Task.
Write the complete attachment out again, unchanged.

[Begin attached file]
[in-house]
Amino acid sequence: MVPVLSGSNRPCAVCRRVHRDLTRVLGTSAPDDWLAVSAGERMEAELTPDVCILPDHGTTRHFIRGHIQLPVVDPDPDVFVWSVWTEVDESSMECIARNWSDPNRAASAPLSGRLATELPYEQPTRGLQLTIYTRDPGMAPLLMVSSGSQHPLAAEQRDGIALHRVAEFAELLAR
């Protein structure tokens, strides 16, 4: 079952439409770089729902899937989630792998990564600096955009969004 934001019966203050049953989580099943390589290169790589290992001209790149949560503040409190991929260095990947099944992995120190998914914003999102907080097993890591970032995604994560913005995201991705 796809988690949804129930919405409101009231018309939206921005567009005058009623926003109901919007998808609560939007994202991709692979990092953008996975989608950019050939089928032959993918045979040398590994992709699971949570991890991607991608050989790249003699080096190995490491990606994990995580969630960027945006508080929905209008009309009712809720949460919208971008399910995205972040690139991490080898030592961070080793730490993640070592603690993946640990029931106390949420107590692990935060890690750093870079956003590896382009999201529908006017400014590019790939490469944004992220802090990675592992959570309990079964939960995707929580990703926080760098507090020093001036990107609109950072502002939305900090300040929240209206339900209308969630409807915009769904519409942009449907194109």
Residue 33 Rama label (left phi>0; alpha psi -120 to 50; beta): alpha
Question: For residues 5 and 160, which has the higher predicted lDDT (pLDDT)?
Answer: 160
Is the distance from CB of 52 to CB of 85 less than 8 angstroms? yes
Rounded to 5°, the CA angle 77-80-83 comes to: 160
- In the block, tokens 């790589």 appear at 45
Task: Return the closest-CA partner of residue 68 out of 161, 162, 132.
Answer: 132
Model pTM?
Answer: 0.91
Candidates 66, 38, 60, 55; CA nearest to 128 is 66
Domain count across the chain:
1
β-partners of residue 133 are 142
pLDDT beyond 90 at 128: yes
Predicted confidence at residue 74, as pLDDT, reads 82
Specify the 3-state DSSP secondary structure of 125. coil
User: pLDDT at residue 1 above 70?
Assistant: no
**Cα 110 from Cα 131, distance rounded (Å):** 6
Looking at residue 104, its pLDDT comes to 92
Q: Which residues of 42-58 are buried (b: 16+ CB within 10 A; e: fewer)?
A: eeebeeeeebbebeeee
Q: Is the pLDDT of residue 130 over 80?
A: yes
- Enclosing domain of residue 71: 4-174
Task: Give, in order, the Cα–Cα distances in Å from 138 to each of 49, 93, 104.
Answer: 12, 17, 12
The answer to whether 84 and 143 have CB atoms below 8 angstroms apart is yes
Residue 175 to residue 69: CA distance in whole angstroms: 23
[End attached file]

[in-house]
Amino acid sequence: MVPVLSGSNRPCAVCRRVHRDLTRVLGTSAPDDWLAVSAGERMEAELTPDVCILPDHGTTRHFIRGHIQLPVVDPDPDVFVWSVWTEVDESSMECIARNWSDPNRAASAPLSGRLATELPYEQPTRGLQLTIYTRDPGMAPLLMVSSGSQHPLAAEQRDGIALHRVAEFAELLAR
């Protein structure tokens, strides 16, 4: 079952439409770089729902899937989630792998990564600096955009969004 934001019966203050049953989580099943390589290169790589290992001209790149949560503040409190991929260095990947099944992995120190998914914003999102907080097993890591970032995604994560913005995201991705 796809988690949804129930919405409101009231018309939206921005567009005058009623926003109901919007998808609560939007994202991709692979990092953008996975989608950019050939089928032959993918045979040398590994992709699971949570991890991607991608050989790249003699080096190995490491990606994990995580969630960027945006508080929905209008009309009712809720949460919208971008399910995205972040690139991490080898030592961070080793730490993640070592603690993946640990029931106390949420107590692990935060890690750093870079956003590896382009999201529908006017400014590019790939490469944004992220802090990675592992959570309990079964939960995707929580990703926080760098507090020093001036990107609109950072502002939305900090300040929240209206339900209308969630409807915009769904519409942009449907194109």
Residue 33 Rama label (left phi>0; alpha psi -120 to 50; beta): alpha
Question: For residues 5 and 160, which has the higher predicted lDDT (pLDDT)?
Answer: 160
Is the distance from CB of 52 to CB of 85 less than 8 angstroms? yes
Rounded to 5°, the CA angle 77-80-83 comes to: 160
- In the block, tokens 């790589």 appear at 45
Task: Return the closest-CA partner of residue 68 out of 161, 162, 132.
Answer: 132
Model pTM?
Answer: 0.91
Candidates 66, 38, 60, 55; CA nearest to 128 is 66
Domain count across the chain:
1
β-partners of residue 133 are 142
pLDDT beyond 90 at 128: yes
Predicted confidence at residue 74, as pLDDT, reads 82
Specify the 3-state DSSP secondary structure of 125. coil
User: pLDDT at residue 1 above 70?
Assistant: no
**Cα 110 from Cα 131, distance rounded (Å):** 6
Looking at residue 104, its pLDDT comes to 92
Q: Which residues of 42-58 are buried (b: 16+ CB within 10 A; e: fewer)?
A: eeebeeeeebbebeeee
Q: Is the pLDDT of residue 130 over 80?
A: yes
- Enclosing domain of residue 71: 4-174
Task: Give, in order, the Cα–Cα distances in Å from 138 to each of 49, 93, 104.
Answer: 12, 17, 12
The answer to whether 84 and 143 have CB atoms below 8 angstroms apart is yes
Residue 175 to residue 69: CA distance in whole angstroms: 23